Organised by the Fondazione per le scienze religiose in Bologna


The Fondazione per le scienze religiose di Bologna, in cooperation with academic and ecclesiastical institutions in Russia has organised "an exchange of masterpieces of art and faith between Florence and Moscow". The initiative, for which Eni is a partner, has been created with the patronage of the President of the Russian Federation and the President of the Italian Republic and is one of the leading events in the year of Russian/Italian culture (l'anno della cultura Russia/Italia).
The Fondazione per le scienze religiose di Bologna is one of the world's most important libraries for the study of the history of Christianity and has an international reputation as a research institute.

The exchange involves five works of enormously artistic and spiritual prestige, and will be shown for the first time in the very special contexts of the Ministry of Culture of the Russian Federation and the Archdiocese in Florence.

Two important works from the Opera del Duomo in Florence by Giotto da Bondone and his workshop, never before seen in Russia, will go on show at the Galleria Tretyakov: Maestà di San Giorgio alla Costa, painted by Giotto between 1280 and 1290, and the Polittico di Santa Reparata, produced under his guidance in around 1305.

On show at the Baptistery in Florence, which will be especially set for the occasion, will be three icons of fundamental significance in Russian history held by the Tretyakov Gallery, that have never returned to a church since they were put in the museum: the Odighitria of Pskov, dated around 1290-1310, Vladimir's Ascension of the Cathedral, attributed to Rublev and dated 1408, and the Crucifixion of Our Lord of the Church of the Holy Trinty of the Pavel Monastery in Obnora (circa 1500) by Dionisij.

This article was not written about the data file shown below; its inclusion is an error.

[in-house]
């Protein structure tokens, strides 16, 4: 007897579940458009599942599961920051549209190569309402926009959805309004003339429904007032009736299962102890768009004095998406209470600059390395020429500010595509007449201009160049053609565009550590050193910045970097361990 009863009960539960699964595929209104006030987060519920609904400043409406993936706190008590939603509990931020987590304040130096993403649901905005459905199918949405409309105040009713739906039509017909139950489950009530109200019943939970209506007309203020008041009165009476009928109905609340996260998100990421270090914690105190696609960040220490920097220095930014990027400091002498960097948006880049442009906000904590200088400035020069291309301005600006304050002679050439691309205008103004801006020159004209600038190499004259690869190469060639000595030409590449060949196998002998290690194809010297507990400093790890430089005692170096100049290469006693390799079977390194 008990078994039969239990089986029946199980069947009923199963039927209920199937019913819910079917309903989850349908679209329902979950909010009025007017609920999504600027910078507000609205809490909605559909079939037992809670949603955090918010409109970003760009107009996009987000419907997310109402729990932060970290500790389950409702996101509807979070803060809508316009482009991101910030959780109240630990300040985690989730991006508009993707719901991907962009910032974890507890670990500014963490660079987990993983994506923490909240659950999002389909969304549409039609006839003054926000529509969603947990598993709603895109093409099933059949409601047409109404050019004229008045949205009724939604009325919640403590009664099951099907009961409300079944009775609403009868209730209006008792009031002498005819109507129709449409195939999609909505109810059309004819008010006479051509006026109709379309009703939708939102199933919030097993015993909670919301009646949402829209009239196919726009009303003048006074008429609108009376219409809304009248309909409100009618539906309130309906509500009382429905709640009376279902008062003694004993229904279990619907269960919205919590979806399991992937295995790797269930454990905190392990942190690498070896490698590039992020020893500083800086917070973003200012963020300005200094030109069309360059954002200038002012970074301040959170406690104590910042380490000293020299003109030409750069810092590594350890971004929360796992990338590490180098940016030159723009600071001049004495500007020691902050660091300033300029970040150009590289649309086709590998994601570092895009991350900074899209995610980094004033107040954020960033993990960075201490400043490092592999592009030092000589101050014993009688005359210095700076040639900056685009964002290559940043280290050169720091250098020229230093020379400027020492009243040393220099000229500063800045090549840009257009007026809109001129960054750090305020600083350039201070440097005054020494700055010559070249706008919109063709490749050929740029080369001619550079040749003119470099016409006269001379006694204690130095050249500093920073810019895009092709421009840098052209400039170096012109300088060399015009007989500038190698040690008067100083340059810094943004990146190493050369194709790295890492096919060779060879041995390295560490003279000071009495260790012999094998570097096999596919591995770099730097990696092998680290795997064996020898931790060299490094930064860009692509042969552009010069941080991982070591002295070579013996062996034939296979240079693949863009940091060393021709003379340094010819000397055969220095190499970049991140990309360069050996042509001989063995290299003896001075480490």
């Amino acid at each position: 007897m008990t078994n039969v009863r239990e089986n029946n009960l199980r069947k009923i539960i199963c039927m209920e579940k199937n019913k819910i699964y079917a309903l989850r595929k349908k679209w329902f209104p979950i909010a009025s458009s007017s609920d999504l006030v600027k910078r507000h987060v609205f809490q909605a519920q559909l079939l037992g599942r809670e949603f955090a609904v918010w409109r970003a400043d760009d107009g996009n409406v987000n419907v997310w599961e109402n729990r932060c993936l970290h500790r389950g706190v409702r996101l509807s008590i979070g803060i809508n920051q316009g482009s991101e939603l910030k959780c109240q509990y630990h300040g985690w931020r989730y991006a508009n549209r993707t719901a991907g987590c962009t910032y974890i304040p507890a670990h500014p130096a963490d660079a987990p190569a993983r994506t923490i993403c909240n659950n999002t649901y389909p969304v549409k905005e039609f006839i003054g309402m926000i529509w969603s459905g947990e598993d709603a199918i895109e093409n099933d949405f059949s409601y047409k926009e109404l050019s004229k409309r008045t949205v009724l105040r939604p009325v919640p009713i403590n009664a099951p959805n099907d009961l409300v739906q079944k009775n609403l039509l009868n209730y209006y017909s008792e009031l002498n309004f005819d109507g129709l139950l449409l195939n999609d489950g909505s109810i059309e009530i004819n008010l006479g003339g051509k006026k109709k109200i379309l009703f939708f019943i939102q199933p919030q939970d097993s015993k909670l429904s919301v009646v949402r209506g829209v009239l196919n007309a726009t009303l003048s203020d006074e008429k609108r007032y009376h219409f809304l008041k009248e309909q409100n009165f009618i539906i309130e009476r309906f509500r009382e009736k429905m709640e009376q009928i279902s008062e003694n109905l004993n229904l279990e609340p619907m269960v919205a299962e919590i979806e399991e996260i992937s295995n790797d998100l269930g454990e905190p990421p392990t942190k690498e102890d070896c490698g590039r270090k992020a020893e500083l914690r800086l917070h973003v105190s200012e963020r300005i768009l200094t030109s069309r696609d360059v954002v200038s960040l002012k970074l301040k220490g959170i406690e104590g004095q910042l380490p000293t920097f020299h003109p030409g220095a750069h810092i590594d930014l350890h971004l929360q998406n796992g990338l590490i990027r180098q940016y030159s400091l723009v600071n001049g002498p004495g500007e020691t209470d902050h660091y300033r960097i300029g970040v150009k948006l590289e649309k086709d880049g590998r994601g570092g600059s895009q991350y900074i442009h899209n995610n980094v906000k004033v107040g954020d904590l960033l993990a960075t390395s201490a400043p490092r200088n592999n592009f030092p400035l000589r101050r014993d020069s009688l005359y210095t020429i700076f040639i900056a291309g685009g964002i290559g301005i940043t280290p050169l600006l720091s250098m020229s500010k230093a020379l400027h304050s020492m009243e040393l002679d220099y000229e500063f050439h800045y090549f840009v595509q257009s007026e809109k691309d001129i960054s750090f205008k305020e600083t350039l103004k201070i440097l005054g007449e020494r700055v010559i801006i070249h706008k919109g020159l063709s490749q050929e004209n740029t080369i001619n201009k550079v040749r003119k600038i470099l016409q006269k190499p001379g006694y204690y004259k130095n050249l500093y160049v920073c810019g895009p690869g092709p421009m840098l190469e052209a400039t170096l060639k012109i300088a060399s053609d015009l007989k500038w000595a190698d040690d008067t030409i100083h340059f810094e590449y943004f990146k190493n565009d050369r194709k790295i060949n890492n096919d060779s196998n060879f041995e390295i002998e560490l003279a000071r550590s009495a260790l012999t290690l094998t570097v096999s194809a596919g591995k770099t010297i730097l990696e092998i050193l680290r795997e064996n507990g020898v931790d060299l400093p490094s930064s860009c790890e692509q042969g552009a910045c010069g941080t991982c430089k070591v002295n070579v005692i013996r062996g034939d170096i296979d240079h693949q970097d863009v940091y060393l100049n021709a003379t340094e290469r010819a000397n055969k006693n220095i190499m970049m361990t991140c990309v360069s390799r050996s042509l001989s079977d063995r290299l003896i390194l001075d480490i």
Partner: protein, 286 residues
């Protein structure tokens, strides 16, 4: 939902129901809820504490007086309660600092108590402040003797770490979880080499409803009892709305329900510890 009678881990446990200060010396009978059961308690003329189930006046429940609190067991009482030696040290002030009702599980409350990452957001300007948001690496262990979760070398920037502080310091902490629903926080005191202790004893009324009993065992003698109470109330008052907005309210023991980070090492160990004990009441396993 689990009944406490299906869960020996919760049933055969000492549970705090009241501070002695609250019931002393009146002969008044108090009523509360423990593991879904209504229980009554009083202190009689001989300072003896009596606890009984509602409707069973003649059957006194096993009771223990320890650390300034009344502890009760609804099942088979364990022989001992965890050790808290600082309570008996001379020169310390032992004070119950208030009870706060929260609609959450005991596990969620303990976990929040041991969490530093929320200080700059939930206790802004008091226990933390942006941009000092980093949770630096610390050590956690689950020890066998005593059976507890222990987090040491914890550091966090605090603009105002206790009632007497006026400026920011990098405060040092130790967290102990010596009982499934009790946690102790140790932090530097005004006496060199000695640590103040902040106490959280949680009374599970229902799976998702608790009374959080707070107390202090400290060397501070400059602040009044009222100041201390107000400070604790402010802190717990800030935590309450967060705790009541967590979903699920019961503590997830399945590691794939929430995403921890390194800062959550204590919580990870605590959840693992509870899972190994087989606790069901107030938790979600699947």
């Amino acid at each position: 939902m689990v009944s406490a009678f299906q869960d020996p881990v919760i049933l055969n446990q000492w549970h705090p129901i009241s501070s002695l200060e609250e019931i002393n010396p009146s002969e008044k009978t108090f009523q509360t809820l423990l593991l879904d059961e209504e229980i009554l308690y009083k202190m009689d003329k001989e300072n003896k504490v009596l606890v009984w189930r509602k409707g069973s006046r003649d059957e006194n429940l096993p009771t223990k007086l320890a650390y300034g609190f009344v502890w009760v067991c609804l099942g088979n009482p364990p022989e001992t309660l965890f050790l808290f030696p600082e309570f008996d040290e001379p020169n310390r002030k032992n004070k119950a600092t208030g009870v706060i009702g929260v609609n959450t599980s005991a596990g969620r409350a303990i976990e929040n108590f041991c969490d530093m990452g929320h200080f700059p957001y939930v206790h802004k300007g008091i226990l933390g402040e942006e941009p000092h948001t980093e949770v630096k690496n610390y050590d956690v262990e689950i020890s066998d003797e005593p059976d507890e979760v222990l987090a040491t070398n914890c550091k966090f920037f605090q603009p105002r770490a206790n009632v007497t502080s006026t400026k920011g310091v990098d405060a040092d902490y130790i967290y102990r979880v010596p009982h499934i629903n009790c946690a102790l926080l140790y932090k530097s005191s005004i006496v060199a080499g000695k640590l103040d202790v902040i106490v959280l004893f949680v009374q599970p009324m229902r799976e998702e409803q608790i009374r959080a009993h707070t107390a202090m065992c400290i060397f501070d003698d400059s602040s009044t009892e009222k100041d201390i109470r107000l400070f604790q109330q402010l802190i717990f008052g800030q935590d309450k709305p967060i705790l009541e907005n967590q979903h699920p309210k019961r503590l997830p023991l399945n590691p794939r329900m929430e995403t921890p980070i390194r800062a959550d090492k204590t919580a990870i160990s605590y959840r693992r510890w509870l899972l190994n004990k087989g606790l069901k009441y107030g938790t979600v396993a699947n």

The idea of an exchange between Italy and Russia comes from the critical edition of Niceno II, the last council recognised as ecumenical by both the eastern and western churches and from which came down to us the common theology and doctrines regarding the veneration of images. It is an opportunity to show how a different interpretation of the body of Christ – which implicates the idea of man and faith at the same time – can also serve to illustrate how, on both a cultural and spiritual level a love for the other can exist between two peoples.

The proposal was discussed at the Italy/Russia Forum in Sochi, and presented to the highest government authorities of the two countries on 1 June at the Quirinale Palace in Rome. The project also met with fraternal enthusiasm from the Department of External Relations of the Russian Church and the Archdiocese of Florence.

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